Wednesday, June 29, 2011

A Terrible Beauty

Past ages often thought of God as too removed, too unreachable. Our age suffers from the opposite affliction; we see God as too close, too familiar. We call God "Father," but we think of Him more like a grandfather — someone who hands out gum, hugs, and forgiveness with equal ease.

The Bible has medicine for both ills, and we need to look at its prescription for us.

Psalm 97 describes God in a way that is meant to inspire the awe that we lack:
The LORD reigns, let the earth be glad;
let the distant shores rejoice.
Clouds and thick darkness surround him;
righteousness and justice are the foundation of his throne.
Fire goes before him
and consumes his foes on every side.
His lightning lights up the world;
the earth sees and trembles.
The mountains melt like wax before the LORD,
before the Lord of all the earth.
The heavens proclaim his righteousness,
and all the peoples see his glory.
It makes me think of an approaching thunderstorm: a giant, dark mass flashing with lightning that shakes the very earth. It has a terrible beauty that befits a wielder of both life and destruction.

We should respond to God with the same mixture of enchantment and fear. We must be protected from a glory that would kill us. He reigns in righteousness and justice, while among us there is none righteous, not even one. If even the mountains cannot stand before the LORD, what hope do we have?

The sane man, finding himself in the presence of God Almighty, says, "Woe is me! for I am undone."

It's only when we grasp the terrible beauty of our God that we can truly appreciate the grace given to us that we may enter into His presence boldly, not fearfully, as sons, not slaves, and approach the King of Glory and call Him "Daddy."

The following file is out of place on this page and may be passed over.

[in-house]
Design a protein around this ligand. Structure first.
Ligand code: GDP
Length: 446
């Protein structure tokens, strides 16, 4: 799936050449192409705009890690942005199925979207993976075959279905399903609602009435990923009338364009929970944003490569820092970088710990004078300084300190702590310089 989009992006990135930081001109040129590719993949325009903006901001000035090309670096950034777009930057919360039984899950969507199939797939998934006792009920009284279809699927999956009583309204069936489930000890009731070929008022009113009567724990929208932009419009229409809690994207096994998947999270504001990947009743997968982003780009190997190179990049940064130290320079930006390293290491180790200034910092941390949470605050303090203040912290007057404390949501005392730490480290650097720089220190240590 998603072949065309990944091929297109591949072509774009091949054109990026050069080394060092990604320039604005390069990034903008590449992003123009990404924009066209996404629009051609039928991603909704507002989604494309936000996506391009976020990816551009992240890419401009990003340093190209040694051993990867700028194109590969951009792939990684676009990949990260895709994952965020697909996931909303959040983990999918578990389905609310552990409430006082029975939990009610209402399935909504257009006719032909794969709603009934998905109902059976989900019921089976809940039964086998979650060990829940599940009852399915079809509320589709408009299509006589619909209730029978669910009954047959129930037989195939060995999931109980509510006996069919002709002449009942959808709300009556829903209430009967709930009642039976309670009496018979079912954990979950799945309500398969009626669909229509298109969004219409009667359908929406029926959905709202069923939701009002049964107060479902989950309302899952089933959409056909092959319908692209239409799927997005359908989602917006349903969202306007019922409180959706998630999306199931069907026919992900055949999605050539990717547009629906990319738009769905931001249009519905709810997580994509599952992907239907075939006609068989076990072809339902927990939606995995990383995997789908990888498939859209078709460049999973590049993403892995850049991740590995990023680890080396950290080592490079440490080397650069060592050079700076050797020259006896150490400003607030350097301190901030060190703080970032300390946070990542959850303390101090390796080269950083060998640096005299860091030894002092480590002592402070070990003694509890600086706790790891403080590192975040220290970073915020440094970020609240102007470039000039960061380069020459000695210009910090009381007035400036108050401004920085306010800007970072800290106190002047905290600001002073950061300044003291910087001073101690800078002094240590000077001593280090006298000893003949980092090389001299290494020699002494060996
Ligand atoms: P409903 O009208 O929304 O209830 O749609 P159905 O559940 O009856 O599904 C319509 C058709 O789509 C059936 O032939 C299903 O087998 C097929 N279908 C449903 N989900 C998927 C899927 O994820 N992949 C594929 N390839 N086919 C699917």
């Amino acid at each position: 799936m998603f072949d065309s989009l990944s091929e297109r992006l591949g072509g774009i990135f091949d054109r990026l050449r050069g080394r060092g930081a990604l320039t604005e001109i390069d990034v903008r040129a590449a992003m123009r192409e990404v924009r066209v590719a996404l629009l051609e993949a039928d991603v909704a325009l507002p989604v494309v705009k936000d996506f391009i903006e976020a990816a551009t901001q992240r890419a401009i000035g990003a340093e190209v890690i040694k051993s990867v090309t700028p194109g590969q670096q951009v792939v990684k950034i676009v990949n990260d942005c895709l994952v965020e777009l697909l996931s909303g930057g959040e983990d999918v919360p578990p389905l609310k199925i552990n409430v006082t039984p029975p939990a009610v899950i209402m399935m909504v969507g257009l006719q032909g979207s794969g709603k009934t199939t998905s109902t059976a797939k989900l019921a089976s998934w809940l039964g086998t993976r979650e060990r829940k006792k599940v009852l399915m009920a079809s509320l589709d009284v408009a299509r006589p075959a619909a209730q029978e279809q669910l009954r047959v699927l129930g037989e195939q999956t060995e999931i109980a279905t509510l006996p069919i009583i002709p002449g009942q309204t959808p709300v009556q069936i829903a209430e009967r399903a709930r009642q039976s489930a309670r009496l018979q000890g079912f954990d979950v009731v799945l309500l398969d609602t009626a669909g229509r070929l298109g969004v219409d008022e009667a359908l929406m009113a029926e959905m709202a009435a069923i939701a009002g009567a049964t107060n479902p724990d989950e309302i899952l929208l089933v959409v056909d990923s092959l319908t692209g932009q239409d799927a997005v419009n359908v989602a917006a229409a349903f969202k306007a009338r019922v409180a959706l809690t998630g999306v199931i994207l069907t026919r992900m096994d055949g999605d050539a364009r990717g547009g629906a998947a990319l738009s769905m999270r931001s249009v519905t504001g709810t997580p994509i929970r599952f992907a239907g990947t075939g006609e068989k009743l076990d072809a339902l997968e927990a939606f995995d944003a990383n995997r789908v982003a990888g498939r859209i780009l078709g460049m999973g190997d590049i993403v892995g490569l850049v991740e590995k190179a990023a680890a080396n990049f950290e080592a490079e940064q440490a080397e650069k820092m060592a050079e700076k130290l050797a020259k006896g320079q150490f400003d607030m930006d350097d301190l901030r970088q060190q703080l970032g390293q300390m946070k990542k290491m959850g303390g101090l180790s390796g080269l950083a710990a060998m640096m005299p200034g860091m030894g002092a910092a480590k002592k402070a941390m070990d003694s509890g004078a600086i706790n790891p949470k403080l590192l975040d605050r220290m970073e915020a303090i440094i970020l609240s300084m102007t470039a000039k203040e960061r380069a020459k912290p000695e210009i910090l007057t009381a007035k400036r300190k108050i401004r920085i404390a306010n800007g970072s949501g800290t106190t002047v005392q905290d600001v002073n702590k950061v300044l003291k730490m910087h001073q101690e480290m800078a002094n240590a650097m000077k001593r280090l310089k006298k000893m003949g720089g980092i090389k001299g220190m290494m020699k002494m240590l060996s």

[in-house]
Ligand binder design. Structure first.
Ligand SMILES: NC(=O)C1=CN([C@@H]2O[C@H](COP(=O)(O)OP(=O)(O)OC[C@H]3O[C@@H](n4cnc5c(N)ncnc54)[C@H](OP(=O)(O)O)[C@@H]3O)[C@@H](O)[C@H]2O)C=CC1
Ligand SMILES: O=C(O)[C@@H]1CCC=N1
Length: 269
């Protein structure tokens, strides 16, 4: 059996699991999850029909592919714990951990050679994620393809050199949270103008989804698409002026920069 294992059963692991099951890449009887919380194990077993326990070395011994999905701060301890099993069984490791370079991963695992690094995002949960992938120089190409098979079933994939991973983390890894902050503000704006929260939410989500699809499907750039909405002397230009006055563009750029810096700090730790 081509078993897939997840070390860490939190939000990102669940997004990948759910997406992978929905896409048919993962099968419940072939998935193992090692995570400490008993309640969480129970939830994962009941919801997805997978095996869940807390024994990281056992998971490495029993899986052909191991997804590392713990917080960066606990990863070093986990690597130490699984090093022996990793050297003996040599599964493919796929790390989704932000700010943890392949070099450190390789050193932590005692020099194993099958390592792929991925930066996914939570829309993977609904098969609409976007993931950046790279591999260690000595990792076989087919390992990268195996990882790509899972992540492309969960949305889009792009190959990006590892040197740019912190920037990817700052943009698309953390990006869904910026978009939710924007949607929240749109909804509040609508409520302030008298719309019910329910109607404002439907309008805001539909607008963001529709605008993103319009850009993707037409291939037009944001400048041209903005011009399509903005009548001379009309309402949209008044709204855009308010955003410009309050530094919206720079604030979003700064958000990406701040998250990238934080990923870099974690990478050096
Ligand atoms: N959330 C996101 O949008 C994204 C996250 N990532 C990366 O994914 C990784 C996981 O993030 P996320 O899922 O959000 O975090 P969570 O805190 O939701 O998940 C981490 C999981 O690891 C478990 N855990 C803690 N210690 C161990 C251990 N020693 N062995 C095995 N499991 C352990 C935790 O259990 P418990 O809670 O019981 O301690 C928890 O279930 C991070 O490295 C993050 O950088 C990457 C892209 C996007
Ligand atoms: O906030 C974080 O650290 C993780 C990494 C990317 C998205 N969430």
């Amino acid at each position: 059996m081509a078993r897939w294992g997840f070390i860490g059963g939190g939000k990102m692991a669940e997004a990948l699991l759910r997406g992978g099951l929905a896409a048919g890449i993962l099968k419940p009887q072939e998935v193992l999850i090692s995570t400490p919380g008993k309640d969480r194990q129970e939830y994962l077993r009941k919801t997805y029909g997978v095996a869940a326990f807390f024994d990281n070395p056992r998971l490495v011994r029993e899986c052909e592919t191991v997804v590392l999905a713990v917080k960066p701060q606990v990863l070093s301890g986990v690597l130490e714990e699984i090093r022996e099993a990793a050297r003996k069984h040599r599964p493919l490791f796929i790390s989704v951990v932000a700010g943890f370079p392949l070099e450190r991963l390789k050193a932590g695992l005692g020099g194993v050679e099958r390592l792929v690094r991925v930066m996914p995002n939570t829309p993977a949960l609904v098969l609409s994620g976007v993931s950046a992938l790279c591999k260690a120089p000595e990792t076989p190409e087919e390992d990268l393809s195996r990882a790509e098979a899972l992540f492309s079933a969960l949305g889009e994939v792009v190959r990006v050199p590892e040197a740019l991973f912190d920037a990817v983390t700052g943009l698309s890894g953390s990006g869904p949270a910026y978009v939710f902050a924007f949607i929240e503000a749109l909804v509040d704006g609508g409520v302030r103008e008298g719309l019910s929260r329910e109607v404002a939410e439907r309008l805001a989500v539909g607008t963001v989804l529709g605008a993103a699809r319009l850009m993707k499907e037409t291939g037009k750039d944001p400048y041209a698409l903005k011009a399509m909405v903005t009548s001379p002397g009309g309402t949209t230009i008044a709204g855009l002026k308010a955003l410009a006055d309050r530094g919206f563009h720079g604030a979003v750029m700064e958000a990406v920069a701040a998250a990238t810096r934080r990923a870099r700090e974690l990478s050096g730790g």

To borrow from one of the greats, "'Course he isn't safe. But he's good. He's the King, I tell you."

Tuesday, June 21, 2011

God as Father

One day Jesus said some words that were revolutionary to His hearers: "This, then, is how you should pray: 'Our Father in heaven...'"

Never before had anyone dared to call God "Father" — not in a personal sense.

Today, we've lost the revolution. Christians and even non-Christians easily believe that God is their father and, more importantly, they are His children — even when it's not true.

Some even dare to call "all God's creatures (i.e., animals and plants)" His "children." They're not.

We're all God's creations, yes. Whether directly or indirectly, God has a hand in the creation of every living thing. That doesn't make us His children.

If I make a chair, it's not my child. My daughter and I are building a robot dog; it's not my child either. If I could create a bacteria out of chemicals in a lab, it wouldn't be my child. Even if I could cobble together a human being out of spare parts, that being would not be my child.

My child is the one I begat, not made.

Or, if we successfuly adopt, my child will be the one we choose to adopt.

God has chosen to adopt some humans. Specifically, He's chosen to adopt those who place their trust in the death and resurrection of Jesus for the forgiveness of their sins. "[T]o those who believed in his name, he gave the right to become children of God."

God didn't have to save us. We're all rebellious sinners, desperately wicked. Once He rescued us from that, He had every right to view us as pets, slaves, servants, or (if He was feeling really generous) friends. But He chose to go one step farther, adopting us into His family, naming us "heirs of God and co-heirs with Christ."

Stop today and marvel at the gift we've been given. Wonder anew with the apostle, "How great is the love the Father has lavished on us, that we should be called children of God!"

Thursday, June 9, 2011

The Gospels are Eyewitness Accounts

This video (which I can't seem to embed) is a presentation of some relatively new information showing the minor details of the gospels support the idea that the canonical gospels are (or at least are based on) eyewitness testimony (as opposed to later legends).

It's about 50 minutes long, but it's well worth your time.